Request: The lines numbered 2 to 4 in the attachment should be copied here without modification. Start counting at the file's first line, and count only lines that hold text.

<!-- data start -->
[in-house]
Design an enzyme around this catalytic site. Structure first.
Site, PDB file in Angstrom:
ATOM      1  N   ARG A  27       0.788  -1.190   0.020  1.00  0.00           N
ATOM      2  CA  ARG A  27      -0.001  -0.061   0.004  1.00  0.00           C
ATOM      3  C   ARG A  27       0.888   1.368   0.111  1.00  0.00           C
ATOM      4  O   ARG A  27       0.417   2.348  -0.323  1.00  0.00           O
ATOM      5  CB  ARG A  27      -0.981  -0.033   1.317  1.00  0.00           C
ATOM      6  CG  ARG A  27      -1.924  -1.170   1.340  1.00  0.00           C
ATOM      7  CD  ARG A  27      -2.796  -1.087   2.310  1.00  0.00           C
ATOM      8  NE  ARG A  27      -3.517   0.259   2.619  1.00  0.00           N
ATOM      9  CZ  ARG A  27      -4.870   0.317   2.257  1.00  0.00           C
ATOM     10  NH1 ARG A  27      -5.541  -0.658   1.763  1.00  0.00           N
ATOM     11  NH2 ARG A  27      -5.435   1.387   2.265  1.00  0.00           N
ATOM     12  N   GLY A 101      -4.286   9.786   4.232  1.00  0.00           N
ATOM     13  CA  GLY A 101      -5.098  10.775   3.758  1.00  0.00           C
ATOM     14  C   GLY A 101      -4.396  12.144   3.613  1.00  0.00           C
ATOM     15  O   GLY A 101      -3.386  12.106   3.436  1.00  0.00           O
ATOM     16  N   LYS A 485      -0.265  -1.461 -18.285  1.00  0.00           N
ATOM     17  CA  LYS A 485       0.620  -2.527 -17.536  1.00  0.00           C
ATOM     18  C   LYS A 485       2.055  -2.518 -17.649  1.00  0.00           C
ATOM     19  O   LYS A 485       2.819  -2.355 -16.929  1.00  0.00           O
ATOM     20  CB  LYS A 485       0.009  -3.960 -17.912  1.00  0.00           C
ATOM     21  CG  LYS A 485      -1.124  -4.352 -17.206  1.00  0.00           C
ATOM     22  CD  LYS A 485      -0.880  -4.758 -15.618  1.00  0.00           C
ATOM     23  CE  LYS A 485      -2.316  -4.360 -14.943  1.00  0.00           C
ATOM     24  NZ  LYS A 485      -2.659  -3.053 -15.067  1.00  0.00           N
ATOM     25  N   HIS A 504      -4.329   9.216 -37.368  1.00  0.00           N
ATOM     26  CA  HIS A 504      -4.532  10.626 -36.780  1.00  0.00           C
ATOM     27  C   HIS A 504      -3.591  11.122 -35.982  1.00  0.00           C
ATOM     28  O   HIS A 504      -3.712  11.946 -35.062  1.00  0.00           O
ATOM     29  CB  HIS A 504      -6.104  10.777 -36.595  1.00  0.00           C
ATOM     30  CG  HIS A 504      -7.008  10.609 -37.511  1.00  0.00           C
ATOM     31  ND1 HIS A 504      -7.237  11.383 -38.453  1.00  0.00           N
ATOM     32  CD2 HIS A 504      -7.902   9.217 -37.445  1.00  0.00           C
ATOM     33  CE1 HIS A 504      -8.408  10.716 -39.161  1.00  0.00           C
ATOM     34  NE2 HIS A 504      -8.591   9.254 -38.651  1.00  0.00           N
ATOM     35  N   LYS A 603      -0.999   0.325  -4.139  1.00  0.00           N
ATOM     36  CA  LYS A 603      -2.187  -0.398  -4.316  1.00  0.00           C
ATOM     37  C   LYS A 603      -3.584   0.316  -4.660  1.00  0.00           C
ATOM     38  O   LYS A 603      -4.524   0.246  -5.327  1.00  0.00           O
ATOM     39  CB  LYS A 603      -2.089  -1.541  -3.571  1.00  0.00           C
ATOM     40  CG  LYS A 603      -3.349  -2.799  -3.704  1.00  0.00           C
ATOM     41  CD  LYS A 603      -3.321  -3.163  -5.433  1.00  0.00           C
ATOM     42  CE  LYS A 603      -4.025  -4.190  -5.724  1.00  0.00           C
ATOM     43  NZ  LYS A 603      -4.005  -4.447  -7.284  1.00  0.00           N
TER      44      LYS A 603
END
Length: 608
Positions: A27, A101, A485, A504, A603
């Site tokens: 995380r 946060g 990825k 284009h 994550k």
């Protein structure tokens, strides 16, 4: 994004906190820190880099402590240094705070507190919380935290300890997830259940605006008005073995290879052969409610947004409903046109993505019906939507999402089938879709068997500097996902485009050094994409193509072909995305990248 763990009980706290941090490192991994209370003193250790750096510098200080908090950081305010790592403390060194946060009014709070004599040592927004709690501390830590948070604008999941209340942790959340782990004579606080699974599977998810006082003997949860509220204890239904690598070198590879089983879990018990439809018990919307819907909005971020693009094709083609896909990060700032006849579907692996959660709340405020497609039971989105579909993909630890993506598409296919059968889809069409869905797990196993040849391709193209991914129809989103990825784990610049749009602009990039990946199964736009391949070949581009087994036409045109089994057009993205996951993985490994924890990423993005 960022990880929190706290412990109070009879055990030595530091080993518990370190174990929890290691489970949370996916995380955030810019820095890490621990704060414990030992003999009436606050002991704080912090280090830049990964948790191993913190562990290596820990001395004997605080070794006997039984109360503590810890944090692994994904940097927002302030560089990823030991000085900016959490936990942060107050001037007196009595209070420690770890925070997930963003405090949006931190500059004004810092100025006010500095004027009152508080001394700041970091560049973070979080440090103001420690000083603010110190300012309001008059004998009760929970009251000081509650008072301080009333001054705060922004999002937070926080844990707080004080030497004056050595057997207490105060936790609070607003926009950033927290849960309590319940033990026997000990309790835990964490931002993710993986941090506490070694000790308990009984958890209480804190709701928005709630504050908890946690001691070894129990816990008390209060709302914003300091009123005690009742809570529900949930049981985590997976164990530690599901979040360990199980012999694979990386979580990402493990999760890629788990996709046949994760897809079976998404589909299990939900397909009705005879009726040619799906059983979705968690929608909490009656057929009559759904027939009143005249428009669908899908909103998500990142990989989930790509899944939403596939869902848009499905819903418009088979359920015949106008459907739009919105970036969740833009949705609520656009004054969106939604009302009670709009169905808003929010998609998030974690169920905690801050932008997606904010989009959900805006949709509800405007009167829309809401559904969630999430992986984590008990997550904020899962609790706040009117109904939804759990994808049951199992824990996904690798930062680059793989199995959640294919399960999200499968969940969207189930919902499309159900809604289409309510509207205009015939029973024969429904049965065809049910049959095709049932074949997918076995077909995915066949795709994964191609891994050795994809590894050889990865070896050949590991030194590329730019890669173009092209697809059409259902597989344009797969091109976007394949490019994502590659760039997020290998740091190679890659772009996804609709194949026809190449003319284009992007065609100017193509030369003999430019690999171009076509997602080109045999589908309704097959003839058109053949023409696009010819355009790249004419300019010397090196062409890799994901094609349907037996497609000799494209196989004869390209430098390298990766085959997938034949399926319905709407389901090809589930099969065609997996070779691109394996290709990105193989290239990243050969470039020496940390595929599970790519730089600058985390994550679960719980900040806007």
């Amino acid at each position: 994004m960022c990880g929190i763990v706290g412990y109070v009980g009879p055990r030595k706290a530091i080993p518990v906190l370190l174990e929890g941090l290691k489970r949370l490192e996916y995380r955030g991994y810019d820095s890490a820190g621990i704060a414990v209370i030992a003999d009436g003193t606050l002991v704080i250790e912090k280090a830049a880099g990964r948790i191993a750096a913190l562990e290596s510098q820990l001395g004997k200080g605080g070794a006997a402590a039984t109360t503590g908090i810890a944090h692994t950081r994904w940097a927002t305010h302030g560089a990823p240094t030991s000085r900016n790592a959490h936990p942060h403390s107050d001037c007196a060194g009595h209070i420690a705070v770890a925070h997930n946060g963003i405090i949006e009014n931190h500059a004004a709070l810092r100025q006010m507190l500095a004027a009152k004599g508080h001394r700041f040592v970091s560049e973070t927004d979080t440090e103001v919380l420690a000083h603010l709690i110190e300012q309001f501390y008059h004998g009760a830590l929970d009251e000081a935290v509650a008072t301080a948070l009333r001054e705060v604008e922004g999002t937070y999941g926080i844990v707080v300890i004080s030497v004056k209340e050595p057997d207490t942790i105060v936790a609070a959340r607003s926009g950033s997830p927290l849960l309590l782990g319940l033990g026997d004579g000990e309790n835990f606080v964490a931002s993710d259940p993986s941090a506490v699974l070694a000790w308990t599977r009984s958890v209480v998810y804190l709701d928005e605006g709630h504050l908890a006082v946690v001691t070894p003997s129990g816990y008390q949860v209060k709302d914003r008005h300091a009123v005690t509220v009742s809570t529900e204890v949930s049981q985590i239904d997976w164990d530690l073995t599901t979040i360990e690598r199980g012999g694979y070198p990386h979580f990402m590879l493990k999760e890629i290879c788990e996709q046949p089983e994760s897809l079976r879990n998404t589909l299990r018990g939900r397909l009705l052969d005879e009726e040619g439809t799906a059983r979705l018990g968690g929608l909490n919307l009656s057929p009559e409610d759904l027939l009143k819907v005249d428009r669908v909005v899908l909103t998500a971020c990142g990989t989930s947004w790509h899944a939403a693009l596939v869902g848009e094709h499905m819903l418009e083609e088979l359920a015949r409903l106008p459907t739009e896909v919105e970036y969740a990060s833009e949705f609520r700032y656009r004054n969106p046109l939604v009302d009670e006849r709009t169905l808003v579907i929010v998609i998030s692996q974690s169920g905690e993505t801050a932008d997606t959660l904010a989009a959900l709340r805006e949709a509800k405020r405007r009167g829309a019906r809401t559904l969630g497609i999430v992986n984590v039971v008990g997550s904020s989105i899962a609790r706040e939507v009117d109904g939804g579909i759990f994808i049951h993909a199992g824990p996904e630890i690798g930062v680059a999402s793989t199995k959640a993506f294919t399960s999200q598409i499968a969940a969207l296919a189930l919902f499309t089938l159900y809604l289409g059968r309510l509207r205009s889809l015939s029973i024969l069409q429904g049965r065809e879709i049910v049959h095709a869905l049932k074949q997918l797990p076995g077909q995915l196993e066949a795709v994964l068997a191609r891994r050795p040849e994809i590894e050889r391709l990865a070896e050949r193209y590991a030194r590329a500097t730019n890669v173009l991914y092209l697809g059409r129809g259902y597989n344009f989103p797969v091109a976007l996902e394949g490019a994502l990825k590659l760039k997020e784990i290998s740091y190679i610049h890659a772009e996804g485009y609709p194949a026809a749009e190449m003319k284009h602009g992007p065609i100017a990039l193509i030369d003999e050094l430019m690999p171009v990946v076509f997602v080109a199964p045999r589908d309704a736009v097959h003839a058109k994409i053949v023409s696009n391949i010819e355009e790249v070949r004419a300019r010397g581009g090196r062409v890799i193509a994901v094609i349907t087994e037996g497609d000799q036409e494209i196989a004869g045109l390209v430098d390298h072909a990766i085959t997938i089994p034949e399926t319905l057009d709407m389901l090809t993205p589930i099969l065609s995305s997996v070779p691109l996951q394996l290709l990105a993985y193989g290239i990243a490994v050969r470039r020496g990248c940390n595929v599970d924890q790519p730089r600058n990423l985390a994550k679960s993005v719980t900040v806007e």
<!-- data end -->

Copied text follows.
Design an enzyme around this catalytic site. Structure first.
Site, PDB file in Angstrom:
ATOM      1  N   ARG A  27       0.788  -1.190   0.020  1.00  0.00           N